17 Real Estate Advantages and Risks Returns typical lie between stocks and bonds Compare REITS to investing in high yielding stocks or high yield (junk) bonds Diversification benefits Bond like cash flows but values driven by other factors than interest rates Inflation protection Often illiquid Good management is essential Be wary of high management fees, leverage and location of properties 17

18 Investment Management Companies Mutual Funds Exchange Traded Funds 18

19 What are Mutual Funds? A registered investment company that pools funds from investors to make investments Open end (the majority of mutual funds) – stands ready to buy and sell shares in itself to investors, at any time. Closed end - issues a fixed number of shares that are then bought and sold by investors, only in the open market. You probably can find a mutual fund that invests in any type asset you seek. Value per share is calculated at end of each day – called “net asset value” (NAV) 19

20 Mutual Fund Costs and Fees Sales charges or “loads” Front-end loads are charges levied on purchases. Back-end loads are charges levied on redemptions. 12b-1 fees. Funds may spend up to 1% of fund assets annually to cover distribution and marketing costs. Management fees (stated as a % of assets) Usually range from 0.25% to 1.00% of the funds total assets each year. Are usually based on fund size and/or performance. Trading costs Not reported directly Funds must report "turnover," which is related to the amount of trading. The higher the turnover, the more trading has occurred in the fund. The more trading, the higher the trading costs.

21 Reasons to Invest in Mutual Funds Provides instant diversification Provides professional investment management Provides various shareholder services NOT in anticipation the mutual fund will outperform the appropriate market index over an extended period. 21

22 Things to consider when choosing a mutual fund Total costs and fees you will pay. No correlation has been found between fees charged and performance. Fund Objective Does it provide the asset exposure you are seeking? Stability of Fund Management Who makes the investment decision? How liquid is your investment? 22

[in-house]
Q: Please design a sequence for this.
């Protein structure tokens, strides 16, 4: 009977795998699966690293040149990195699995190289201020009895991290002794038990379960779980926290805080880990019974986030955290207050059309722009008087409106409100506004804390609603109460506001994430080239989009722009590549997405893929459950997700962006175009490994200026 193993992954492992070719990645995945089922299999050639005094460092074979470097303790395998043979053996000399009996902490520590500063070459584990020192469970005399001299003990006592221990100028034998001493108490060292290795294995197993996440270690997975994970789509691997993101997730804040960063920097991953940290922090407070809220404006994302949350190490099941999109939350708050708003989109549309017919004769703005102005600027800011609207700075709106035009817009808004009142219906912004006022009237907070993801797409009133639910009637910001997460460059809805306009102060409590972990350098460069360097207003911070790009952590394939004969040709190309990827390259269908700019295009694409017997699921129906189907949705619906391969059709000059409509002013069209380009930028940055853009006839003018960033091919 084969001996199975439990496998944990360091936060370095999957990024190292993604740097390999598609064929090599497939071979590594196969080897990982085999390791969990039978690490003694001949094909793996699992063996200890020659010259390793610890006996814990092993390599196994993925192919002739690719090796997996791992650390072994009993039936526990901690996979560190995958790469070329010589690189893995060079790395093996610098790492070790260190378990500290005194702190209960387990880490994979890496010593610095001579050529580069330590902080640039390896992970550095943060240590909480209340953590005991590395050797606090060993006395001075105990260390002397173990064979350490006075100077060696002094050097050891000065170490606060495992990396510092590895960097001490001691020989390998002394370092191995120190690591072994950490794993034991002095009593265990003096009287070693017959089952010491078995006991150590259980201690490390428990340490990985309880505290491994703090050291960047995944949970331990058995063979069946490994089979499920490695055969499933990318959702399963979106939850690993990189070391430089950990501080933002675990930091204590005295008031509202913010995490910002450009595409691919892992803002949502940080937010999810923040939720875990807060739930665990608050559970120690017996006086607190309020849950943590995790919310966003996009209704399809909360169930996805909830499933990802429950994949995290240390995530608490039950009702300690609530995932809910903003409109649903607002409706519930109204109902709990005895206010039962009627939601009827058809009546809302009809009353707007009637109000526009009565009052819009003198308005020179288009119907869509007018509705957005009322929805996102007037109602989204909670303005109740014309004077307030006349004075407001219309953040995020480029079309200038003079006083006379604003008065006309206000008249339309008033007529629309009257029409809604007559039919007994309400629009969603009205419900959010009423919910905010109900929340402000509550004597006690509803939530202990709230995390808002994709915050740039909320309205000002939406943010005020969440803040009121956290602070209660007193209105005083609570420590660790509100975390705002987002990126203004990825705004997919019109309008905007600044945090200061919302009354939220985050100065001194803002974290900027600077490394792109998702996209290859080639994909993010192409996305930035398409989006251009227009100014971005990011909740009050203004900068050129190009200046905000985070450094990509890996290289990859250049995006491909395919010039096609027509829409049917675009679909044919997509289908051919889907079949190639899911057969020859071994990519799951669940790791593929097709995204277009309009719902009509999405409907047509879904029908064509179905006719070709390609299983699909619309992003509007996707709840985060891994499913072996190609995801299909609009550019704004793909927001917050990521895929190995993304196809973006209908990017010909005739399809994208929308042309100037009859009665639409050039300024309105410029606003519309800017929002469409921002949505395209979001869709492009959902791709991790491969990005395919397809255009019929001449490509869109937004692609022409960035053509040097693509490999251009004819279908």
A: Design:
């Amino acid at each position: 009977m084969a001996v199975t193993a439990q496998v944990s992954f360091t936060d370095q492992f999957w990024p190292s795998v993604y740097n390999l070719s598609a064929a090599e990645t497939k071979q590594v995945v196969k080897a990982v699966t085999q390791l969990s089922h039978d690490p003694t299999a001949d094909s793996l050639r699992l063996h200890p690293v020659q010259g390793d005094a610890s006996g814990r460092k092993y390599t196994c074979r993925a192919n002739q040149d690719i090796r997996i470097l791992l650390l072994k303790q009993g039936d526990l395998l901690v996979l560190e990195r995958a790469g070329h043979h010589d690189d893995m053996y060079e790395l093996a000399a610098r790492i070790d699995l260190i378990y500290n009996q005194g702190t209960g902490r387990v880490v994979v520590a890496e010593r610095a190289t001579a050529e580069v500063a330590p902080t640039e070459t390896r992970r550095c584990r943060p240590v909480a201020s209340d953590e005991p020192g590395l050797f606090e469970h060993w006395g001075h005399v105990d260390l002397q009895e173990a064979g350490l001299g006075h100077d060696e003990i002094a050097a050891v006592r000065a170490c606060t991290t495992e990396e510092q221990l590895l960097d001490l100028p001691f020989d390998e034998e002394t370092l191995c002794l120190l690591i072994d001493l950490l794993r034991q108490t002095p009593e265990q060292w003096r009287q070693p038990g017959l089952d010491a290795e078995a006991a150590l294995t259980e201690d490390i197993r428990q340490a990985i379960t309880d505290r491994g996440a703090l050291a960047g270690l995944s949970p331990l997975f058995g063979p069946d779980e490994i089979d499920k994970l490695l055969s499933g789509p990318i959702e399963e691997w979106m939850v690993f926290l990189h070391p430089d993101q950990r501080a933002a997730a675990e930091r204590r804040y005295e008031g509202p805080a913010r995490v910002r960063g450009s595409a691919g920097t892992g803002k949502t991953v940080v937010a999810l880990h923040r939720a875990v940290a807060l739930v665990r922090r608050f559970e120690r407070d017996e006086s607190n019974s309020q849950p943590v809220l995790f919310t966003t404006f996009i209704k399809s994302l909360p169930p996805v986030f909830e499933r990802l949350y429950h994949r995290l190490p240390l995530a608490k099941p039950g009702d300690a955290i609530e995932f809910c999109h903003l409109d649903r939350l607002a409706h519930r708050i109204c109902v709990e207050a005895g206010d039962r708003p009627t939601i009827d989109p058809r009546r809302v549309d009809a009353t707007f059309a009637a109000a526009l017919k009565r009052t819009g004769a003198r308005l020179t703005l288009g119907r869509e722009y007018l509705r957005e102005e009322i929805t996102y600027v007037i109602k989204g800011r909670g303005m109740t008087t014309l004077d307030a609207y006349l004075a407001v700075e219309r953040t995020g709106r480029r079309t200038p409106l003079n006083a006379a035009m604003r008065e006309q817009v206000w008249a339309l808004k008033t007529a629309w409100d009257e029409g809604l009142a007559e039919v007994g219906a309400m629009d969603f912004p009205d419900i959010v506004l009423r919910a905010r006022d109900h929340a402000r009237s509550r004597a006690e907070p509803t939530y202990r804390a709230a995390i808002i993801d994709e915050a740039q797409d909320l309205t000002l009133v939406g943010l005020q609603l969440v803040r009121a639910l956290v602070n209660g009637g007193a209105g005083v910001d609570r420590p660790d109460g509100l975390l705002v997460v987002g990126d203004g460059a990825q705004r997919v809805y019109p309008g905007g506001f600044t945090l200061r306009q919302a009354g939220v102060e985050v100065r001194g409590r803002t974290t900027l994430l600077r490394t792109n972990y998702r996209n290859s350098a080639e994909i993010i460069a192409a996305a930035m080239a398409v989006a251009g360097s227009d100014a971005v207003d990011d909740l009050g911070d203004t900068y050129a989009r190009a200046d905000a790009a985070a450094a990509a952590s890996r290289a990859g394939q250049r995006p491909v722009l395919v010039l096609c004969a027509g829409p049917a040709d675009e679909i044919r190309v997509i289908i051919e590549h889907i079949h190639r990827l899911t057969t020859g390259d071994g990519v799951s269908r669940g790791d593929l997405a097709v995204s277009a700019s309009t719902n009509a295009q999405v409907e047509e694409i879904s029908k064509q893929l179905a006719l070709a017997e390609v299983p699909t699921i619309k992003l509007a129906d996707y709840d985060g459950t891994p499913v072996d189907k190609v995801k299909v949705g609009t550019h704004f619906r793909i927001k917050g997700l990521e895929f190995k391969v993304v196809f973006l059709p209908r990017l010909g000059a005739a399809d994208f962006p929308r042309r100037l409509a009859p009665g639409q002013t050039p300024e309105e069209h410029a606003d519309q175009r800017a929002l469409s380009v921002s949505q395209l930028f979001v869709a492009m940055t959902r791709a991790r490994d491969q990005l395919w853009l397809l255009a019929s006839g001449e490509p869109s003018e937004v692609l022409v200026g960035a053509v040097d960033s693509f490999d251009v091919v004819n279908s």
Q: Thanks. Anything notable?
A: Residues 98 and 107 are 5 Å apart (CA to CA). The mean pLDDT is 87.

23 Exchange Traded Funds - ETFs Look like a mutual fund with some important differences- Most ETFs are not managed to outperform but designed to replicate an index – original ETF was the SPDR, which tracks the S&P 500 index. Their shares trade continuously throughout the day and are held in a brokerage account like any other share of stock. You can treat ETF shares like any stock to short, hedge with options, margin, etc. Newer ETFs offer leverage exposure to up or down markets. With commodity ETFs, find out what asset the fund holds – eg. gold futures or physical gold. 23

24 ETFs Costs and Fees Trading costs – you pay brokerage fee to buy/sell ETF shares in your account while you buy mutual funds directly from issuer. Management fees – Generally lower in an ETF than mutual fund An S&P 500 ETF is 7 to 10 bps* while a low cost mutual fund is 18 to 24 bps. Performance – If your want to mimic an index (say Russell 2000 small cap index) make sure your fund tracks index well, measure by the tracking error. 24 *bps is “basis points”. 1.00% is 100 bps.

25 Should you buy an ETF or a Mutual Fund? If you seek index exposure, then either can be used. If you trade frequently, then the mutual fund will probably be least costly. If you buy and hold a position, then the ETF may be least costly since you are paying a lower yearly management fee. If you want to include the asset in your brokerage account and treat it like any other stock, the ETF is superior. When using a specialty ETF understand the leverage it uses and its performance to the benchmark. 25

26 Useful Internet Sites (mutual fund facts and figures) (example of a major fund family website) (website of largest investment advisory firm in US) (information on thousands of funds) (one of the best mutual fund sites) (more “social conscience” funds) (“vice” funds) (more on exchange traded funds) (all about ETNs) (hedge fund information) (more hedge fund information)